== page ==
Document Sample
					       THINK TANK ON

                    Co-Sponsored by the
Association of periOperative Registered Nurses Foundation
                          and the
               National League for Nursing

              SUMMARY REPORT

                            February 20-22, 2004
                             Phoenix, Arizona

                        Underwritten by
           Alliance Medical Corporation, Phoenix, AZ
Certification Board Perioperative Nursing (CBPN), Denver, CO

  Think Tank on Perioperative Learning Experiences in the Nursing Curriculum -- Page 1
                             THINK TANK ON
                       IN THE NURSING CURRICULUM

                                         SUMMARY REPORT


In October 2003, the AORN (Association of periOperative Registered Nurses) contacted
the NLN (National League for Nursing) to discuss ways to address what they perceived to
be a critical problem: the removal of the perioperative component from most of today’s
nursing curricula. The lack of perioperative experiences in many curricula limits the number
of new graduates who have exposure to and interest in perioperative nursing practice, and
this, in turn, results in few new graduates choosing to pursue a career in this area of practice.
This situation, combined with the reality that perioperative nurses are retiring in greater
numbers, leads to serious concerns about the ability to staff perioperative arenas in the

Together, the AORN and NLN agreed to co-sponsor a Think Tank to address this problem.
Individuals who represented perioperative practice, who represented various types of
nursing education programs (associate degree, diploma, baccalaureate, and graduate), and
who had some expertise in nursing education and curriculum development were invited to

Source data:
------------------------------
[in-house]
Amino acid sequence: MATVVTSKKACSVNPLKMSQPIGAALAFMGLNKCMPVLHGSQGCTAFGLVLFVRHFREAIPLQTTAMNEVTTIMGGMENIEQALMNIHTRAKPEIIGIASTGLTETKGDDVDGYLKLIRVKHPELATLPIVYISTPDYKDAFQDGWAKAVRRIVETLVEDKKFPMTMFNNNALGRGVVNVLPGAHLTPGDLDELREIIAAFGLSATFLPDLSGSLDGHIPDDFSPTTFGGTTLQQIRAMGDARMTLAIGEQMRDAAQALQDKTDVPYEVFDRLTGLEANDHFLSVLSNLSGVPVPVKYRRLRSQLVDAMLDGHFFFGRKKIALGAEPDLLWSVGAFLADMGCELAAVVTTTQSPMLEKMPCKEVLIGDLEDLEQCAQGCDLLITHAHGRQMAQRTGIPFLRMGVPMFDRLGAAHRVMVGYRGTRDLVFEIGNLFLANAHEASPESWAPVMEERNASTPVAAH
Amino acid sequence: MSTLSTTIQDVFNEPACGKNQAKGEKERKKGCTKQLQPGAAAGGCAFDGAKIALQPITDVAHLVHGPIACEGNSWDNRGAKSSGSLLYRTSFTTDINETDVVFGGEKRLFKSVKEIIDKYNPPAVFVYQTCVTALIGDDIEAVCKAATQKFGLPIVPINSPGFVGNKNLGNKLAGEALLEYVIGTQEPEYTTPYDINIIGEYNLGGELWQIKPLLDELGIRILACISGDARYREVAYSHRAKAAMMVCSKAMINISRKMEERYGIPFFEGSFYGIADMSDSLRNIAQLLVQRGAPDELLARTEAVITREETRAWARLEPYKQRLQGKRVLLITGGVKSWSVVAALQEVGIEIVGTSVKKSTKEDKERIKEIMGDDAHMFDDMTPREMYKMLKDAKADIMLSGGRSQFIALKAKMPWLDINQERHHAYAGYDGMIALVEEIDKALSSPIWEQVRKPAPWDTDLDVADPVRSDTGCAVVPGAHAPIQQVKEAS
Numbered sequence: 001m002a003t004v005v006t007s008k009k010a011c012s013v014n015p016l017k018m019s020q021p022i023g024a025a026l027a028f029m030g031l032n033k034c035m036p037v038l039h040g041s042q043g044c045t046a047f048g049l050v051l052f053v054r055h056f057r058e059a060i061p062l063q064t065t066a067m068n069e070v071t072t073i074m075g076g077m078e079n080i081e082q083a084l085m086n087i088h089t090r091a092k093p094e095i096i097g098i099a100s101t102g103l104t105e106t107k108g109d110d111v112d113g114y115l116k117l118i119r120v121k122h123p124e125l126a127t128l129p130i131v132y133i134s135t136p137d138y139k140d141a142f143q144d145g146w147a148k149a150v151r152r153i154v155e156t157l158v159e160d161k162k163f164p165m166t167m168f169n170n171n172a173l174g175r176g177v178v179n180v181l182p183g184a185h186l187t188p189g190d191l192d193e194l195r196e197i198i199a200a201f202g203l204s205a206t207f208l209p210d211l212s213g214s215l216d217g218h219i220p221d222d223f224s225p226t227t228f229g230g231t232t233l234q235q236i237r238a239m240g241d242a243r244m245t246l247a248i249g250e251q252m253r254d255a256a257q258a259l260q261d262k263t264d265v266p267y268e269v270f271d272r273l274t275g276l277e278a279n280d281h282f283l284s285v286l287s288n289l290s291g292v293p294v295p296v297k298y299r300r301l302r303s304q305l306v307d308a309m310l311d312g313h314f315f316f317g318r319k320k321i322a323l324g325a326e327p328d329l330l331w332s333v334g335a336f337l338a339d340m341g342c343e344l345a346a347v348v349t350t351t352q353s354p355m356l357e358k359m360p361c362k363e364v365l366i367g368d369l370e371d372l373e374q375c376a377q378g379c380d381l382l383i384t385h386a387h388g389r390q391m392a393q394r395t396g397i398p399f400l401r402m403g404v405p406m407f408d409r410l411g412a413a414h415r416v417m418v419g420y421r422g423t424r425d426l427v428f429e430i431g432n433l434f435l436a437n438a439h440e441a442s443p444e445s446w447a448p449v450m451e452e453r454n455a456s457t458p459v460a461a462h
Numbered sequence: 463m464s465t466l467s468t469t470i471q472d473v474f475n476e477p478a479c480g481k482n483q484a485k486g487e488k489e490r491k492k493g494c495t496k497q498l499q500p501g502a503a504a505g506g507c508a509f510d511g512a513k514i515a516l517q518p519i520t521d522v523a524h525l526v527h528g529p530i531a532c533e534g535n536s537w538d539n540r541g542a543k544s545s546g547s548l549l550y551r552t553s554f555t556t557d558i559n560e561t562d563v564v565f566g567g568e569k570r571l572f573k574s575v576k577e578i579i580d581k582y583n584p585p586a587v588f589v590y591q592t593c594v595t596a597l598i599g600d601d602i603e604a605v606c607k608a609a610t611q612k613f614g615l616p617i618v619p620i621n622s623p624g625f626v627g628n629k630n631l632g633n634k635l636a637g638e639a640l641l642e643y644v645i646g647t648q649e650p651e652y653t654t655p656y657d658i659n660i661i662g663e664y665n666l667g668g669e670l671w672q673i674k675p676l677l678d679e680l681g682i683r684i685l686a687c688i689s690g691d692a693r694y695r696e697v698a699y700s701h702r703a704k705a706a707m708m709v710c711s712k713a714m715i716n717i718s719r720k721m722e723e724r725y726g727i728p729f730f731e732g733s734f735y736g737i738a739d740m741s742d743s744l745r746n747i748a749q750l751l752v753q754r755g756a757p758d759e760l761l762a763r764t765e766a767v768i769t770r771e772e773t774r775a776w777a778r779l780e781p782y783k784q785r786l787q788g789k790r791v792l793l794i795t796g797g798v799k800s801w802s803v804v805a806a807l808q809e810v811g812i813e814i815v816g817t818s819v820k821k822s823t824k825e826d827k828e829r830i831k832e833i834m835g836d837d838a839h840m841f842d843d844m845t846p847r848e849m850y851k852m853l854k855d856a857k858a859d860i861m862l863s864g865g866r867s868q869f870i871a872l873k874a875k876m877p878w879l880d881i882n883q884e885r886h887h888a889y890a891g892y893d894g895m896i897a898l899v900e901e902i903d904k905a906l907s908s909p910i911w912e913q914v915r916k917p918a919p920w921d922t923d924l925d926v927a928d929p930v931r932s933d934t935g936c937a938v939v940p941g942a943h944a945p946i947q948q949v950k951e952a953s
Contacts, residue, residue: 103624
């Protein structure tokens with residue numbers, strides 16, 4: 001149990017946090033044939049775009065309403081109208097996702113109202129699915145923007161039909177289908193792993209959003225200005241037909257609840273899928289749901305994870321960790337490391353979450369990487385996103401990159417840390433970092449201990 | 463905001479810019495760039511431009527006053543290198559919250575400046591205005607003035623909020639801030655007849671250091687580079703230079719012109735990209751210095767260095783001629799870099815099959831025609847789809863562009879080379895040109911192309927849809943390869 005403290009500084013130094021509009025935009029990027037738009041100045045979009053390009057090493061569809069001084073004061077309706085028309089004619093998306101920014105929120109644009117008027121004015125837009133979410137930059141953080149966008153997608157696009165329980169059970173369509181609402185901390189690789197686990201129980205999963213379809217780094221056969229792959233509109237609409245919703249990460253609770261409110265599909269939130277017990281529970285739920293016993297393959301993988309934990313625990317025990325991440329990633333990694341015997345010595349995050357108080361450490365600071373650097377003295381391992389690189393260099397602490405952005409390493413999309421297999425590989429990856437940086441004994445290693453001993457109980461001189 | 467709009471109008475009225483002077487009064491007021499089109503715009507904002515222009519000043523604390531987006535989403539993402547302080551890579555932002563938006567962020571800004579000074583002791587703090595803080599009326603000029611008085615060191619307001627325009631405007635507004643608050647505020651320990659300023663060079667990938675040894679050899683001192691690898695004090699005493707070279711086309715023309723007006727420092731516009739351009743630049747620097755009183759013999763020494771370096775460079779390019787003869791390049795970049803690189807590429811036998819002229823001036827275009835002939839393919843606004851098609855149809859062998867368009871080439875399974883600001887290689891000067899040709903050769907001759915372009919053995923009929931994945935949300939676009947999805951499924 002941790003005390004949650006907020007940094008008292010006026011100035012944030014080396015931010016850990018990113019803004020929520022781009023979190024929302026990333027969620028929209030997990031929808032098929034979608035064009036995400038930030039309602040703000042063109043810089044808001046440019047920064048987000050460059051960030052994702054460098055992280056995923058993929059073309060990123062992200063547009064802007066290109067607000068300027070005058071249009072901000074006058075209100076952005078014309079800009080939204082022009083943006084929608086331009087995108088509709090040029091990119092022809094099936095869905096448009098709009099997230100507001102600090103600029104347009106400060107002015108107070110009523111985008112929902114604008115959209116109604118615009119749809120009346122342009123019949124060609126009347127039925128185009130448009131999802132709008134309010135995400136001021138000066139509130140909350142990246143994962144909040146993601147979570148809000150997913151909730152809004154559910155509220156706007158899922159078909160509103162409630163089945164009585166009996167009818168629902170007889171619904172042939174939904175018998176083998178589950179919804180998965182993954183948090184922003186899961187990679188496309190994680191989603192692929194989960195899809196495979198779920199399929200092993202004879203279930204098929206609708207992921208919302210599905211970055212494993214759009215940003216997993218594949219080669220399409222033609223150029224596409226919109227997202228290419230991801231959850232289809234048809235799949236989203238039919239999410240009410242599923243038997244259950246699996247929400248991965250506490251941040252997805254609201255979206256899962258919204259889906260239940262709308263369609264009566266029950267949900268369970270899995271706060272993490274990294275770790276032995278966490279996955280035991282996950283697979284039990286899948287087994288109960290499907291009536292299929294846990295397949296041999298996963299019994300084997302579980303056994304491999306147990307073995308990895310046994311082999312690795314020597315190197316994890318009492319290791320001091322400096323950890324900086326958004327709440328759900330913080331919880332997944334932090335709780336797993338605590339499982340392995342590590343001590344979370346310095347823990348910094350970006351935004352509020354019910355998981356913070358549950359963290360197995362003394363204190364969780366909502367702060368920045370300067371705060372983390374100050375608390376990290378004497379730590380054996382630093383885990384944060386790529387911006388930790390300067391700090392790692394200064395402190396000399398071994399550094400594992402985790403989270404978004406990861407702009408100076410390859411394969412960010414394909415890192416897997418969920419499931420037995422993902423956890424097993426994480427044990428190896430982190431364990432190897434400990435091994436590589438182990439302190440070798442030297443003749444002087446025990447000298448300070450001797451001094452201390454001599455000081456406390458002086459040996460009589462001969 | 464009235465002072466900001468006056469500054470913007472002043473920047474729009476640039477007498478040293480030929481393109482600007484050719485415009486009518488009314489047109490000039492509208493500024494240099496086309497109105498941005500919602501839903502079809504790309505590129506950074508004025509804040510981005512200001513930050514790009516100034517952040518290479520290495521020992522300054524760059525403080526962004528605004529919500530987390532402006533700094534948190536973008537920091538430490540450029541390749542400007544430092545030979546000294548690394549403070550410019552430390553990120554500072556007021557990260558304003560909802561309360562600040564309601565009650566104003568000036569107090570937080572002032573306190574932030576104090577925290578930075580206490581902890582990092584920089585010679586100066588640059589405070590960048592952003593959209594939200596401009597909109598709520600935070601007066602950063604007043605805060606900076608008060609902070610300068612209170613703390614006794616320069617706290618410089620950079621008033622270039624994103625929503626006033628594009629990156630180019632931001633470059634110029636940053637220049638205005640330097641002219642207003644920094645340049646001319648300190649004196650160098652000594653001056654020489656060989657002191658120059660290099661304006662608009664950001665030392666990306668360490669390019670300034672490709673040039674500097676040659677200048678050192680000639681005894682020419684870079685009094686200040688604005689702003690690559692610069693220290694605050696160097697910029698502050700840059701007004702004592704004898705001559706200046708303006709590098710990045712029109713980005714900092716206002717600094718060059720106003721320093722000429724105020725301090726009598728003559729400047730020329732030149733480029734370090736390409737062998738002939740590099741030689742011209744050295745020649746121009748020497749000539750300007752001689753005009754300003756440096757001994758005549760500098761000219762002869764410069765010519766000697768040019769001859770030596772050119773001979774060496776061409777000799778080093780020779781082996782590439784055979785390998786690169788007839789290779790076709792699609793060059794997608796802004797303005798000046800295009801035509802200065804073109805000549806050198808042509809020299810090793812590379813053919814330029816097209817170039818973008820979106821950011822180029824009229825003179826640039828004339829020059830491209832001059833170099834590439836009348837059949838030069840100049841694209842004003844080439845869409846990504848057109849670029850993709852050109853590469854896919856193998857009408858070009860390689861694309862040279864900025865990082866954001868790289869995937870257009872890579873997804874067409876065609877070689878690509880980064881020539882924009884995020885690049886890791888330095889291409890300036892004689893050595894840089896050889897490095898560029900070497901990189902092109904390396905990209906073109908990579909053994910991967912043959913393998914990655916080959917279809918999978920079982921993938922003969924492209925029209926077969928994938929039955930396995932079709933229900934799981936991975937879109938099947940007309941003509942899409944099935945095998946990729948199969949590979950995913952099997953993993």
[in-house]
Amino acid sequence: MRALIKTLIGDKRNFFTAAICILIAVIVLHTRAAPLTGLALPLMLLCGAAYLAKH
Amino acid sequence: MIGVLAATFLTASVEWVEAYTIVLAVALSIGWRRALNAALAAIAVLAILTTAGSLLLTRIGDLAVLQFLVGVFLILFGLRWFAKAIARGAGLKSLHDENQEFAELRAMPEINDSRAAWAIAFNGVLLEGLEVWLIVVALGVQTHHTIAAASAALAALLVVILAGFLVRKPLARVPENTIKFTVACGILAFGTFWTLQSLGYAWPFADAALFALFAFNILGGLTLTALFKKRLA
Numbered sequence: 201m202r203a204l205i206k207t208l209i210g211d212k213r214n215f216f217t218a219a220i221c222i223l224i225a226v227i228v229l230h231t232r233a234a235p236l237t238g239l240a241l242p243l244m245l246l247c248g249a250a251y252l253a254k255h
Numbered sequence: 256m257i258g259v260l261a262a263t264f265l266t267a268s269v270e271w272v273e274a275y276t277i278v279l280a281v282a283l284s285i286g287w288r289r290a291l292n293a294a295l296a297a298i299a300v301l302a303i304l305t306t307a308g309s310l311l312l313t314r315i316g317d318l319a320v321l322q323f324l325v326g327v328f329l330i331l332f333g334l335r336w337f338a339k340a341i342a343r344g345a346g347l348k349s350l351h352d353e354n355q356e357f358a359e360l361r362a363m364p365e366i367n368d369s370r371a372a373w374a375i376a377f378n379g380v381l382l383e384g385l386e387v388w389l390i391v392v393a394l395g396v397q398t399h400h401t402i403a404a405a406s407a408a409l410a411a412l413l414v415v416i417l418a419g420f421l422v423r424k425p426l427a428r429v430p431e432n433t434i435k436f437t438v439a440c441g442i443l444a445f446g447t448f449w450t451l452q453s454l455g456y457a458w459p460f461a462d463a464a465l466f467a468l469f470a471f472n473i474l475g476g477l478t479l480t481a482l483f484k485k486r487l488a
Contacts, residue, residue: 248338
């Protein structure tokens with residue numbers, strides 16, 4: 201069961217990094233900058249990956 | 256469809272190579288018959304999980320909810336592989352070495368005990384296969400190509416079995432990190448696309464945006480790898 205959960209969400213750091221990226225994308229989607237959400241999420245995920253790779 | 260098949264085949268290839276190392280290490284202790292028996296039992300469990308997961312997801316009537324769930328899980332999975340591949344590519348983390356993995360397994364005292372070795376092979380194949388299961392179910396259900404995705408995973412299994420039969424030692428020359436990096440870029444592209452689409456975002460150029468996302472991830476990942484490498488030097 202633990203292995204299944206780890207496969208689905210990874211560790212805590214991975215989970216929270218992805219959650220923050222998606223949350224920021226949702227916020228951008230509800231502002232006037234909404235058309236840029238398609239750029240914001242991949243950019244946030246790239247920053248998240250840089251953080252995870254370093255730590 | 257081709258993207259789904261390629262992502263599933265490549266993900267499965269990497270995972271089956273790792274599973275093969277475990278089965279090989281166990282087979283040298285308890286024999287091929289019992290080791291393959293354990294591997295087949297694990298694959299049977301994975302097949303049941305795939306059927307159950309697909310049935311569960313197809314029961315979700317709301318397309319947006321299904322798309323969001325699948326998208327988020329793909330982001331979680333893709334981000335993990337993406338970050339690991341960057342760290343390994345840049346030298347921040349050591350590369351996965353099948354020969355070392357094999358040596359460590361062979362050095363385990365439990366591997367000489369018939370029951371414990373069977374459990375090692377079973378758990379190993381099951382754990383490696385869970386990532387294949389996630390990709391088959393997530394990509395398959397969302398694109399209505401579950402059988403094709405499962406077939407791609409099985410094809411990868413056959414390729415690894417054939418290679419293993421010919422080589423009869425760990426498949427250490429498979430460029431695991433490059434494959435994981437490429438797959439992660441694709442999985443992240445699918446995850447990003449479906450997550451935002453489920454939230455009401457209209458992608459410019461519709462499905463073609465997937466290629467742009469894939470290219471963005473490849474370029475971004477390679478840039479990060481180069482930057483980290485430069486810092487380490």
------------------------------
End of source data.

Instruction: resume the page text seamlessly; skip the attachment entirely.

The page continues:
participate in the Think Tank to share their ideas.

With the generous support of Alliance Medical Corporation (Phoenix, AZ) and the
Certification Board Perioperative Nursing (Denver, CO), the Think Tank was held in
Phoenix on February 20-22, 2004. Sixteen individuals (see Appendix A) participated in
extensive dialogue about the issue, under the talented guidance of a facilitator, Mary Jane
Mastorovich, MS, RN, of Georgetown University School of Nursing in Washington, DC,
and with the support of the two AORN representatives noted in the Appendix.


The NLN and AORN had outlined three purposes of the Think Tank that were used to
structure the session and guide the discussion. Those purposes were as follows:

        Examine the knowledge, skills, and values associated with caring for perioperative
        patients and their families that are appropriate to generalist preparation for the RN

        Explore how students can most efficiently and effectively develop those knowledge,
        skills, and values

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       Propose strategies to help faculty with a specialty focus in perioperative nursing to
       provide leadership in curriculum development and innovative teaching/learning/
       evaluation efforts that will help students attain the defined knowledge, skills,
       concepts and values

As Think Tank participants engaged in dialogue, there was agreement that our purpose also
includes the following:

       Educate faculty about the full range of perioperative nursing opportunities available
       to students … “perioperative” nursing practice takes place in many clinical settings
       and throughout the hospital, not only in the OR

       Educate faculty about how many of the knowledge, skills, and values thought to be
       essential for 21st century nursing practice can be achieved through perioperative
       learning experiences

       Propose strategies on how more students can be exposed to perioperative nursing
       practice without advocating to faculty that they increase “content hours” in an